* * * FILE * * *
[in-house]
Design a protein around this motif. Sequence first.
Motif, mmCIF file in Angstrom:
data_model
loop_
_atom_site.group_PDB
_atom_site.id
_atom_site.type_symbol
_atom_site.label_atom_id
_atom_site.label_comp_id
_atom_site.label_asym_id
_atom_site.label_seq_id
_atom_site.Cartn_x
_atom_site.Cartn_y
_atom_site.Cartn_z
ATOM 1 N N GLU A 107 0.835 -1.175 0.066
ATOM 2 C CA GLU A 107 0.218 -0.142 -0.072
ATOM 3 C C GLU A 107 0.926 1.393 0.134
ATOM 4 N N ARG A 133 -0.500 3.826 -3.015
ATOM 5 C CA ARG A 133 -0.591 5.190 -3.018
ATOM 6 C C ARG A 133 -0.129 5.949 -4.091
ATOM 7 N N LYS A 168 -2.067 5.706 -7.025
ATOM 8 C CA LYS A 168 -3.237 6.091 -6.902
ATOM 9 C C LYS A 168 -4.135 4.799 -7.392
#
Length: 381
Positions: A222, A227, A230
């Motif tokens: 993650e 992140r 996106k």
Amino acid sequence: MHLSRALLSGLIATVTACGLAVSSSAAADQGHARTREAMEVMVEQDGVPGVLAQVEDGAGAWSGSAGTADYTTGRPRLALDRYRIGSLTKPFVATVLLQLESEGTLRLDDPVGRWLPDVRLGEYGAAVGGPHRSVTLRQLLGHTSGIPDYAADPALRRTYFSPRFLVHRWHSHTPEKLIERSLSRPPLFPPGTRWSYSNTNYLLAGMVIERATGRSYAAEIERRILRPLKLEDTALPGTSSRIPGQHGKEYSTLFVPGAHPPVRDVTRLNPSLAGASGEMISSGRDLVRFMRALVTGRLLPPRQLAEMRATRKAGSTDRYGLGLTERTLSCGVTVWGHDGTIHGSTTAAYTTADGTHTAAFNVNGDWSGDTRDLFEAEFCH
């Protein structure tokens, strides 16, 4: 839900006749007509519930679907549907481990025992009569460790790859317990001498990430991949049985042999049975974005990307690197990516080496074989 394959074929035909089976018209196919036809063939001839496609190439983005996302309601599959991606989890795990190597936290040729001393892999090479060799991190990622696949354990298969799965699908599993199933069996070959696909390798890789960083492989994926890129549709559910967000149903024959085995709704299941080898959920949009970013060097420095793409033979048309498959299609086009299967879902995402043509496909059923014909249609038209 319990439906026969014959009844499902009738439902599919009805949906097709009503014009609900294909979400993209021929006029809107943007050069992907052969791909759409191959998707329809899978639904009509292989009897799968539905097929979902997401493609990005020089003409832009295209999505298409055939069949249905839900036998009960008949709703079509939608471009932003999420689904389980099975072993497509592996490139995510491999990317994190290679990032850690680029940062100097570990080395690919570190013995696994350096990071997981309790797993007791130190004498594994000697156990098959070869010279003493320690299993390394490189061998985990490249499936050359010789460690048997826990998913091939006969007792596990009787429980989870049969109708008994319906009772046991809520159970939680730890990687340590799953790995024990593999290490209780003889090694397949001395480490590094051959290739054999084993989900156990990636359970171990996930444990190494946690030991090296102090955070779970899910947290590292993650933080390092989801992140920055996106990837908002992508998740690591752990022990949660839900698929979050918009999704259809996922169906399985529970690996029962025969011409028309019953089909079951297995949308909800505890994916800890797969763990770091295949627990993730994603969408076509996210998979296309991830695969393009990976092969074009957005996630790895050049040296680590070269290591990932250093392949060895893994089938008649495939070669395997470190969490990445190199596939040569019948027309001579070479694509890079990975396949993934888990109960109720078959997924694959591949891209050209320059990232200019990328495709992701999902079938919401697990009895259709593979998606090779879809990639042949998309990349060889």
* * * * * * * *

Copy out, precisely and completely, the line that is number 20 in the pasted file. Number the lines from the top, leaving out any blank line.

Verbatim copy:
ATOM 5 C CA ARG A 133 -0.591 5.190 -3.018